The Baltimore Orioles as a team and Manny Machado as an individual need to both remember where they are this weekend, that being Oakland. In saying that, I mean that things beat to the tune of a different drum out in “Cali” as they call it (…”vacay” anyone?!). Things aren’t quite as intense as they are here on the east coast. That aside, this will be the first time since the incident involving Josh Donaldson that the Orioles and Machado will be facing Oakland. I’m not going to get into detail about that situation as it’s been well documented here on Birds Watcher, the fact that the teams are meeting again is noteworthy.
The obvious question is whether or not there will be any backlash involving the two teams and/or Machado directly. On one hand, one might argue that it’s the Orioles who have the ball in their court on that. After all, Machado was in fact the last player to be hit in the sequence of events. However let’s also not forget that this is an Oriole team that’s in a pennant race right now – as is Oakland.
You’ll recall a few weeks ago when Boston’s John Lackey made a few veiled comments about Nelson Cruz’s suspension for PED’s. At the time, I tweeted that the Orioles needed to be careful not to get into anything with Boston. Bad teams will often try to start something with good teams so as to throw them off. In this case, both teams are good. However the fact is that the O’s are in a much more precarious position than is Oakland given the fact that they’re on the opposite coast. This is a huge road trip for the Birds, and they can’t afford to have outside distractions.
I would suspect that Manny Machado won’t be received particularly well by the Oakland fans. But that’s to be expected. I’m talking more
about on-field matters than anything else. I will say that umpires are briefed prior to series’ about any past issues between the two sides. So the incident with Donaldson and the bat throw will be aware to the umps.
They can also issue warnings before games begin – such as when the managers exchange lineup cards. If I were the umpires for tonight’s game, I’d consider doing that. Both managers would probably argue that it would take their pitchers’ ability away to pitch inside, however it might also dissuade anyone from doing anything regrettable.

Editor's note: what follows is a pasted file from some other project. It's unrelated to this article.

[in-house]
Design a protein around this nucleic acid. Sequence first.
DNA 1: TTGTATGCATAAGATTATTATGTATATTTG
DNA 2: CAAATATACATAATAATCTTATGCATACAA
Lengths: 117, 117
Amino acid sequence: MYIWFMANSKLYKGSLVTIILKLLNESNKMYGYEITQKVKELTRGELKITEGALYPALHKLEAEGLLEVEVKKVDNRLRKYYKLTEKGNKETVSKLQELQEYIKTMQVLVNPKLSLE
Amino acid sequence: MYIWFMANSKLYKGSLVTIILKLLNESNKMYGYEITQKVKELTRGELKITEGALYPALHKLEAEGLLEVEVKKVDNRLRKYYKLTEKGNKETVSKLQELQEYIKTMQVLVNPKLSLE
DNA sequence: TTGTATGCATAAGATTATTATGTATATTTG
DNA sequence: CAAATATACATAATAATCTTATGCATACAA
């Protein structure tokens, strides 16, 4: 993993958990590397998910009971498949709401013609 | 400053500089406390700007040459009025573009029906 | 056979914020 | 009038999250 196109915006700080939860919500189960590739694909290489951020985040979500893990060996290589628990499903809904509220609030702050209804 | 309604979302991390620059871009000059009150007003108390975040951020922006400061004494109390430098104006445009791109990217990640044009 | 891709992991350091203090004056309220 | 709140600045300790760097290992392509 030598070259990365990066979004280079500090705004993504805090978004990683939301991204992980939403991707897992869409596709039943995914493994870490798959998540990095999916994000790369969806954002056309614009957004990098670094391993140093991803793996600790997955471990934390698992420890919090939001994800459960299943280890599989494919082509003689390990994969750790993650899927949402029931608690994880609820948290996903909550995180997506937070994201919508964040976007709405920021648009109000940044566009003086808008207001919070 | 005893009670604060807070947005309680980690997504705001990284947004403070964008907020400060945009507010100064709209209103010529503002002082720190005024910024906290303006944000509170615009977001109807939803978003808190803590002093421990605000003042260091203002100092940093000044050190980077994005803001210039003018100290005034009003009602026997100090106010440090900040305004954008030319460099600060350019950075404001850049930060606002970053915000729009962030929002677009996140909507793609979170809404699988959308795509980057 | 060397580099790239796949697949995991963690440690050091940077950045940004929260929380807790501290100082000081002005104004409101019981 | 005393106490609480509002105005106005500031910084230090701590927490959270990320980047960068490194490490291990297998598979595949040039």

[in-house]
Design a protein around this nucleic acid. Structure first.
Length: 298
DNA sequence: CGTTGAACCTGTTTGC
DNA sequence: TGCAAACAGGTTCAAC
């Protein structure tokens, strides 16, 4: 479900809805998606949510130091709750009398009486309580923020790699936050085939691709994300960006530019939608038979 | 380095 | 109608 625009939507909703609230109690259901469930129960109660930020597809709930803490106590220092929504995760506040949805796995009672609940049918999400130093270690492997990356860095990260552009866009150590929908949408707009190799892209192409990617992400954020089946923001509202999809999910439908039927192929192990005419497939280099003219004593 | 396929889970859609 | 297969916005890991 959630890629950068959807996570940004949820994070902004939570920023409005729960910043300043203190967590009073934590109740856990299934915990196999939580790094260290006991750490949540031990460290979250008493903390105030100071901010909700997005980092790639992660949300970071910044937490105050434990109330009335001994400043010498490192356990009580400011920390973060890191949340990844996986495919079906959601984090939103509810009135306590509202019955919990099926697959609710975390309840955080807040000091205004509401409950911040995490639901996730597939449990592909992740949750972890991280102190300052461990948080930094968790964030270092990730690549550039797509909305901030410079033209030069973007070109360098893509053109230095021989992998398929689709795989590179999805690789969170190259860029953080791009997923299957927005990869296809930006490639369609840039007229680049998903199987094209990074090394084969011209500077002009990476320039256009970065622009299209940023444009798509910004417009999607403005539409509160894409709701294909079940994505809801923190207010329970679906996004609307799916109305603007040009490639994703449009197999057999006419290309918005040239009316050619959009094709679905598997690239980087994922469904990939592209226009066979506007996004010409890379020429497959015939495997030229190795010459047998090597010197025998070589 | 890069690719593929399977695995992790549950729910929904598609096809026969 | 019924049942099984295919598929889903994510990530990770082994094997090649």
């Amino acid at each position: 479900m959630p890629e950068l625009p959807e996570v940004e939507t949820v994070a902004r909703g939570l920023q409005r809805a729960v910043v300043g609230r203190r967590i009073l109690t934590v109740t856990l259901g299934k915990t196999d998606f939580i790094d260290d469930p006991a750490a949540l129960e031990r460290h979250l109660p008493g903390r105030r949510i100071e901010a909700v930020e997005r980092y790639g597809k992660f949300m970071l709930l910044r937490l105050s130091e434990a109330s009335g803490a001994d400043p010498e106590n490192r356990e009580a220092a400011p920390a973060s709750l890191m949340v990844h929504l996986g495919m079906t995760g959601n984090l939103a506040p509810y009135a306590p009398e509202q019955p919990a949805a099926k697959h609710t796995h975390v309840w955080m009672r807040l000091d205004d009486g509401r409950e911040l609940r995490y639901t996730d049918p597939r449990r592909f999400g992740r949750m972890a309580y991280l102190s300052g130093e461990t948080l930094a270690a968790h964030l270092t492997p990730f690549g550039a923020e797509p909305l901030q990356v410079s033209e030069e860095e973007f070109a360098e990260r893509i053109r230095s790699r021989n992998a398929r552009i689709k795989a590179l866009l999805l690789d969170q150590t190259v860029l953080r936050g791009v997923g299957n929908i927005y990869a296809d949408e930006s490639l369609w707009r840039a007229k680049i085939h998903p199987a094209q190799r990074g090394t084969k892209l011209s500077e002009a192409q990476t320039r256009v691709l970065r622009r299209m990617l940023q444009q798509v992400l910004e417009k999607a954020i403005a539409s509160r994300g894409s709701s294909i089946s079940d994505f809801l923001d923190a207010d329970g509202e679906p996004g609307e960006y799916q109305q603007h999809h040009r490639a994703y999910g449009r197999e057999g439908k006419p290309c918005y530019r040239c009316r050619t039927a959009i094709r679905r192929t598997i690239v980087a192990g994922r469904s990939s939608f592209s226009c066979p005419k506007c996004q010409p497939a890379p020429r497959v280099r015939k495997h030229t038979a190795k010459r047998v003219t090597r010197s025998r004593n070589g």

And regardless of what anyone thinks of Machado coming out of that unfortunate incident, it should be noted that he handled himself as well as he could in the aftermath. Not only has he played well, but he also sat his suspension without opening his mouth further and left it at that. I would submit that there might well have been more than meets the eye in that incident. I can speak from experience in that I’ve flung my share of bats at people in my life when I’ve come to my wit’s end about a given situation. By that I mean that I’ve come to a point where I’ve snapped and done or said regrettable things. (No, I’ve never actually thrown a baseball bat at someone.)
Given Machado’s decorum since that time as well as how he’s played on the field, it’s probably not out of the realm of possibility that he was dealing with a personal issue at the time that was eating at him. Not that this was the fault and/or problem of Josh Donaldson or anyone on Oakland’s team, however I suppose what I’m saying is that I recognize the symptoms. In terms of his play on the field, after that incident was over it’s been like a weight was lifted off of Machado’s shoulders.
So my advice to the Orioles is to stay cool this weekend. Certainly if multiple Oriole batters start getting hit, that might need to be evaluated again, however I wouldn’t expect that to happen (neither that nor the inverse). In fact if I were the Orioles I’d tell Machado not to even talk to the media during this series, so as to not have anything misconstrued as a negative comment towards the opponent or even the fans. As I said, he’ll be boo’d royally this weekend, and that’s something he’ll have to deal with. But the less that incident is brought up or referenced by Machado and the Orioles, the better.